About Reims Cathedral
Reims Cathedral (Cathédrale de Reims), also known as the Cathedral of Notre-Dame in France’s Champagne region was the site of every royal coronation since the medieval period. The final monarch to be crowned there was Charles X in 1825.
A cathedral has stood on the site on which Reims Cathedral sits since 401 AD. The current cathedral was constructed from 1211, after the previous one on the site had burned down and was almost entirely completed by the end of the thirteenth century, with its Western façade added in the fourteenth century.
Reims Cathedral is vast, at 460 feet in length and a nave rising 125 feet with intricately designed stonework and looming towers. In fact, with its incredible architecture, Reims Cathedral has been hailed by UNESCO as “one of the masterpieces of Gothic art” and has been listed as a World Heritage historic site since 1991.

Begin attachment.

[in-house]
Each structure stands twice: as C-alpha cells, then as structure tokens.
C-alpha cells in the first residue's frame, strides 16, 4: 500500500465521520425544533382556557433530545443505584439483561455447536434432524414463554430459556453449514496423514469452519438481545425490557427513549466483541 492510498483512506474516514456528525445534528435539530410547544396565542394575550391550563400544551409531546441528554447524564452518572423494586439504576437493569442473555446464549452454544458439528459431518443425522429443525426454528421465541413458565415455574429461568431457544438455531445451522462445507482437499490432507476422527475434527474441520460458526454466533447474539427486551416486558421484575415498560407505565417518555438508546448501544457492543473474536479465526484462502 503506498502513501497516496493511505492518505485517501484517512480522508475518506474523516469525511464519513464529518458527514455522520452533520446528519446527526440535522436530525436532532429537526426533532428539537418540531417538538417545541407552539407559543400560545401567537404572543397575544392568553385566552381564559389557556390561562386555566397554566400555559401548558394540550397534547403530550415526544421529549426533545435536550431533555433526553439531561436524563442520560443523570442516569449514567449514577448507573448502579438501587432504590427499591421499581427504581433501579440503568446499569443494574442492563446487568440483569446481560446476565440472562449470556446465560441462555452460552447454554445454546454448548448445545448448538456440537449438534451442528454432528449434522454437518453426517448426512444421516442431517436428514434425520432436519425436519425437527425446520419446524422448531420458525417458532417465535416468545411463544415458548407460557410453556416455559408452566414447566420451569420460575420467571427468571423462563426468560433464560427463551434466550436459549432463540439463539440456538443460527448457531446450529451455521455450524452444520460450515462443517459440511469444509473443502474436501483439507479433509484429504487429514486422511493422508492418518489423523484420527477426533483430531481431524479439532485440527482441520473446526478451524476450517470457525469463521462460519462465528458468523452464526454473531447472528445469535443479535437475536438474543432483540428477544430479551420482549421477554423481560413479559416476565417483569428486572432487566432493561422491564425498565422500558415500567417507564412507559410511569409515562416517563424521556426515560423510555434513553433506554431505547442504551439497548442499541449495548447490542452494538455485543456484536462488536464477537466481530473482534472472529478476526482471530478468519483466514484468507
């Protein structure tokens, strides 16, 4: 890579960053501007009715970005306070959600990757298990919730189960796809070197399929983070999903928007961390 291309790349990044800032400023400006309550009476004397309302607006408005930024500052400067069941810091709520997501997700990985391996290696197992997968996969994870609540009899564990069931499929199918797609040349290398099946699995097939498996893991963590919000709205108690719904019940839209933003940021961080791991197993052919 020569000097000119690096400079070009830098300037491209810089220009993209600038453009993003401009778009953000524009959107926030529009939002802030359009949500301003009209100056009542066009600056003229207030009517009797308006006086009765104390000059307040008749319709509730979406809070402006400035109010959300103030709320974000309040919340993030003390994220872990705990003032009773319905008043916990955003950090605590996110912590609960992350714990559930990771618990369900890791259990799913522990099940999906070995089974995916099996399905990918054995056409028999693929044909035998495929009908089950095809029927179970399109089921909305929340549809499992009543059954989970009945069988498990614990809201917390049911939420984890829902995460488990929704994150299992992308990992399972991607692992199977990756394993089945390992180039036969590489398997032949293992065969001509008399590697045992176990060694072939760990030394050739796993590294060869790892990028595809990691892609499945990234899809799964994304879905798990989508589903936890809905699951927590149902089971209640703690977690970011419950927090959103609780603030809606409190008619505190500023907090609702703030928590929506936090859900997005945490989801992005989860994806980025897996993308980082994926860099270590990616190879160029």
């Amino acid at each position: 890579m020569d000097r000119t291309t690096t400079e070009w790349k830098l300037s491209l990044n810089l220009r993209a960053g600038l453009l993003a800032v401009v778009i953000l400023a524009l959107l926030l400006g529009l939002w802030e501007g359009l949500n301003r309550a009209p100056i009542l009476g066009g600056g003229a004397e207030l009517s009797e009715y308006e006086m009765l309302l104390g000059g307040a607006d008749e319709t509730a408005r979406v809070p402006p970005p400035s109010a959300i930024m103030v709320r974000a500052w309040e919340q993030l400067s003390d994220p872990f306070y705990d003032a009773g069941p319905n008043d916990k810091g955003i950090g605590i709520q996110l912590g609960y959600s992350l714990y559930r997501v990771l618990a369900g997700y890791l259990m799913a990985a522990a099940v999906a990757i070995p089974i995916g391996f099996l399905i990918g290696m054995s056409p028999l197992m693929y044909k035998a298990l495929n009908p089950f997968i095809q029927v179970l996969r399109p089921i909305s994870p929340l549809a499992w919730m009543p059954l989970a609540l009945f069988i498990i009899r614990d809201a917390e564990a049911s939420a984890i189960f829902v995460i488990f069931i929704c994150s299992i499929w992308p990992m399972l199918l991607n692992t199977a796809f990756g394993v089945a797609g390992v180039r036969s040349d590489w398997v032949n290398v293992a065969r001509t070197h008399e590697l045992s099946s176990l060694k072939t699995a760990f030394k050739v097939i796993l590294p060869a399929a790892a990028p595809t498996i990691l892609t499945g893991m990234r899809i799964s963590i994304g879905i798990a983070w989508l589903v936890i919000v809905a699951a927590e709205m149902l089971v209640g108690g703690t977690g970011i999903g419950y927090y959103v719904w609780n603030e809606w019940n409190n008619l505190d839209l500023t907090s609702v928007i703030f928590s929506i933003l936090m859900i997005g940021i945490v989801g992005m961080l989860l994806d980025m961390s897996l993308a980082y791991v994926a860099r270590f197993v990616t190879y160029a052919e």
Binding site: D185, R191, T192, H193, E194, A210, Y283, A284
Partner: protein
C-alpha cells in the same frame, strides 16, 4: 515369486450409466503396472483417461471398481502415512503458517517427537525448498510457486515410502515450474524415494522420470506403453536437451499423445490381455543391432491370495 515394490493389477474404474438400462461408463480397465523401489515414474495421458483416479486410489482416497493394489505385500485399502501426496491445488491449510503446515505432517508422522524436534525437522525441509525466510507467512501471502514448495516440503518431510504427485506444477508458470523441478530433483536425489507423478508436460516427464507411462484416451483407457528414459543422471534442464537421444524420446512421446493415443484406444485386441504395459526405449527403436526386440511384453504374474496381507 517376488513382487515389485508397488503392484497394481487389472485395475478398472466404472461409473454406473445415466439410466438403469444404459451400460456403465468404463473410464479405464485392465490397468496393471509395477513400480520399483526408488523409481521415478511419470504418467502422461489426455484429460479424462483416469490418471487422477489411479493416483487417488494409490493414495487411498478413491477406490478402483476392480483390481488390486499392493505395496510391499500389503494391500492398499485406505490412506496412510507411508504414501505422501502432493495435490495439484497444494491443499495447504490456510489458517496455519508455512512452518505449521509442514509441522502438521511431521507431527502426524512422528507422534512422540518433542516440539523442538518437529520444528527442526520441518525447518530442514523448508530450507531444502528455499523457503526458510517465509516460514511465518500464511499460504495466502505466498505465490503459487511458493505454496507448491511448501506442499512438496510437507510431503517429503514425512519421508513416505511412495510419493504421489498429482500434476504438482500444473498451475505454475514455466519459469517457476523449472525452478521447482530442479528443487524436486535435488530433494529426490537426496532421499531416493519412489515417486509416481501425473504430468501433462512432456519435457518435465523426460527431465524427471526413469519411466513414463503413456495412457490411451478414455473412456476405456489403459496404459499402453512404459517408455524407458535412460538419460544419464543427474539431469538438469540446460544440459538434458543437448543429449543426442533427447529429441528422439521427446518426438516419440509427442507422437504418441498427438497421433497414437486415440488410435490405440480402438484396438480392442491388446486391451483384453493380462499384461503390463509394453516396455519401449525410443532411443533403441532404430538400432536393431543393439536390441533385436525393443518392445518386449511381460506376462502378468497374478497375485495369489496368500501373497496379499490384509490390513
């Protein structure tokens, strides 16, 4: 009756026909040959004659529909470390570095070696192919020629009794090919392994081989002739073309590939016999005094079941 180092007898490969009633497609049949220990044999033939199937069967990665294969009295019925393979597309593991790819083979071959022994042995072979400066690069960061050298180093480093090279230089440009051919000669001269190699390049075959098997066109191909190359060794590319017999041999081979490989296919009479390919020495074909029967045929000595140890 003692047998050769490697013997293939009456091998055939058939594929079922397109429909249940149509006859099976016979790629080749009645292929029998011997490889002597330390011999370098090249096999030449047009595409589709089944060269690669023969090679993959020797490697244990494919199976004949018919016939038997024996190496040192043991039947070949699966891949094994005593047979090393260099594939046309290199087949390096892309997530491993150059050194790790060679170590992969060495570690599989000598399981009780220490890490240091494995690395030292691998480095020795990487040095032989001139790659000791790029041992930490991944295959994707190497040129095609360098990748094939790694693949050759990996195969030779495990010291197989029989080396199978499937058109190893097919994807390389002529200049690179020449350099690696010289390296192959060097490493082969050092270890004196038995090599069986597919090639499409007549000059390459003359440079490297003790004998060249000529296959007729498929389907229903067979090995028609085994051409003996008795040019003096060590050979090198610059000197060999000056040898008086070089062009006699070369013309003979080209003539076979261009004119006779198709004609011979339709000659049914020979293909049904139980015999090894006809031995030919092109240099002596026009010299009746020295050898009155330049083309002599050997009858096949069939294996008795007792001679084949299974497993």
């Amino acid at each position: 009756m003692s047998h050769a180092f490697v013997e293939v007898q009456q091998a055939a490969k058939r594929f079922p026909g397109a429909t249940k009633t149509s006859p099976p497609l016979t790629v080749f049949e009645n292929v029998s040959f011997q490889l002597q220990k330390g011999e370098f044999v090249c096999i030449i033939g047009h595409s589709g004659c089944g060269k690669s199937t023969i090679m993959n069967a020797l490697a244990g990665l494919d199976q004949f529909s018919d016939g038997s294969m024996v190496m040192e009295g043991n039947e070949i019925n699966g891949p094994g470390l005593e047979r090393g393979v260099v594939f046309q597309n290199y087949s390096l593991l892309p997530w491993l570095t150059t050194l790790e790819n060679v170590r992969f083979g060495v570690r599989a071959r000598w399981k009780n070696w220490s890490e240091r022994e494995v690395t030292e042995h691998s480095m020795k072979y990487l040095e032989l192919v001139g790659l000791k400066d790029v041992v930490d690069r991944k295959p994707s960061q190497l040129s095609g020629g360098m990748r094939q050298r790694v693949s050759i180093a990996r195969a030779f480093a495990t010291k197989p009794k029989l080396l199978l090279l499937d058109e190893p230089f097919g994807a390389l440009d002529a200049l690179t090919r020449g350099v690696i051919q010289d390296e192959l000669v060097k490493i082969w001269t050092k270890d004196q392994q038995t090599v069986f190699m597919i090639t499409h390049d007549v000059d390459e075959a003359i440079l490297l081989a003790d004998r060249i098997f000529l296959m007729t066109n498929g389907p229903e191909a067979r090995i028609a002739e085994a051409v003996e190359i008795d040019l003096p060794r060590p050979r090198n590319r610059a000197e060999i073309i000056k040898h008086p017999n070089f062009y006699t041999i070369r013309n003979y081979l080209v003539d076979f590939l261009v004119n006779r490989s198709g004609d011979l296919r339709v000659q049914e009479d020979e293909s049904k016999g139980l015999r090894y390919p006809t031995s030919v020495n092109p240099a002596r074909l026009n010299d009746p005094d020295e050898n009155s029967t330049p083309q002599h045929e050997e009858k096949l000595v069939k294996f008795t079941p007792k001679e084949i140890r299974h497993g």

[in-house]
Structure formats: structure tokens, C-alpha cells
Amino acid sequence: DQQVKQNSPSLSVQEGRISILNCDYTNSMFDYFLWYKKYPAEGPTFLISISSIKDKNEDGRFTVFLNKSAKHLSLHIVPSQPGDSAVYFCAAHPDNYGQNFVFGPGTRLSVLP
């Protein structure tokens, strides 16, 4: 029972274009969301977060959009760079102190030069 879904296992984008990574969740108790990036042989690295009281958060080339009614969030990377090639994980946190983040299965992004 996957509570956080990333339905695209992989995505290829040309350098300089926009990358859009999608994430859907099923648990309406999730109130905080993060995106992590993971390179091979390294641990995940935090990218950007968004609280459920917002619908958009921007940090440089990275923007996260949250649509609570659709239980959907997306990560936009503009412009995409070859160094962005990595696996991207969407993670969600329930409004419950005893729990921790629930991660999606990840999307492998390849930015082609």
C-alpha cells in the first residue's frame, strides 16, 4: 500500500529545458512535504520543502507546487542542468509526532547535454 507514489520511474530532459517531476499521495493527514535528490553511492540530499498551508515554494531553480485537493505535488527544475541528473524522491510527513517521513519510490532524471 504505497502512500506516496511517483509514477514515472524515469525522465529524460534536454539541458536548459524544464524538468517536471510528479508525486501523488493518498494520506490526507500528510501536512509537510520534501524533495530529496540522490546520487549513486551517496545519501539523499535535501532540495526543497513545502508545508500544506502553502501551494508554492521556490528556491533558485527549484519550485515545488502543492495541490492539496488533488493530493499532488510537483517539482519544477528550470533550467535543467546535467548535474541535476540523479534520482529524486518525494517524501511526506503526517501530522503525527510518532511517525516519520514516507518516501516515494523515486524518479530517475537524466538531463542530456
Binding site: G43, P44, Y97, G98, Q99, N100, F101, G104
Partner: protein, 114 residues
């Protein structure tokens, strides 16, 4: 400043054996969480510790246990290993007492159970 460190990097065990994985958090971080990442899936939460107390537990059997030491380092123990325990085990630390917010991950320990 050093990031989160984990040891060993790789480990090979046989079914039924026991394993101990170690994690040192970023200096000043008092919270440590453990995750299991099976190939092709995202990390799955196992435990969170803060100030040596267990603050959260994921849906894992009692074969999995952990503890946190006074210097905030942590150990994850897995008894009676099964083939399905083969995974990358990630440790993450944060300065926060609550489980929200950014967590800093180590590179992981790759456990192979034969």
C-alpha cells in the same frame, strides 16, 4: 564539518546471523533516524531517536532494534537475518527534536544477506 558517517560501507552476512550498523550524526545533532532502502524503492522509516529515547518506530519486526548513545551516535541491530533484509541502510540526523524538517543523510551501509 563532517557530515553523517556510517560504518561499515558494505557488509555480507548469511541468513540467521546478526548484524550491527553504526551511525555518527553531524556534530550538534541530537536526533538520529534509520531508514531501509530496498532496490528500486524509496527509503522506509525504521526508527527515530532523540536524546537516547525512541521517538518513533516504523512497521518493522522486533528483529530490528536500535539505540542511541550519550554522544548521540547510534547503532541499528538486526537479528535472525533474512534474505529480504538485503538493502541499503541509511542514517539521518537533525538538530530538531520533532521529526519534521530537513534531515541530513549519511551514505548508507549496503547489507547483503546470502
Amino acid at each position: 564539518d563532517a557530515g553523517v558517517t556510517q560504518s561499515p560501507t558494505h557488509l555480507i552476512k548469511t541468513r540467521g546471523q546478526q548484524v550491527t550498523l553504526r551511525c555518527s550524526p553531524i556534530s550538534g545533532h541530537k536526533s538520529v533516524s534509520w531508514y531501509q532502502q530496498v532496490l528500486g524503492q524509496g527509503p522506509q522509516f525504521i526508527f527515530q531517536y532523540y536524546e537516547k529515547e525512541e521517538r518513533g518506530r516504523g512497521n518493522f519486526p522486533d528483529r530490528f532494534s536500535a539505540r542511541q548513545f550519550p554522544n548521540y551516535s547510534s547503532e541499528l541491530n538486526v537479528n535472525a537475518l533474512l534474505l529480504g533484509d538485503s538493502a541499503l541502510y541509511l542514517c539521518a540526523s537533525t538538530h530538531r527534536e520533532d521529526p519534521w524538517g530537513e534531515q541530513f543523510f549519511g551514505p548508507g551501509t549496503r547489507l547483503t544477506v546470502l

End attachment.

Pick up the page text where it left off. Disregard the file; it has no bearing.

Much of Reims Cathedral has had to be restored since its construction, including its windows, damaged during the French Revolution and later its stonework, which suffered during First World War bombings. Nevertheless, from the thirteenth century Great Rose Window to the Gallery of the Kings, Reims Cathedral is imbued with beauty and with history.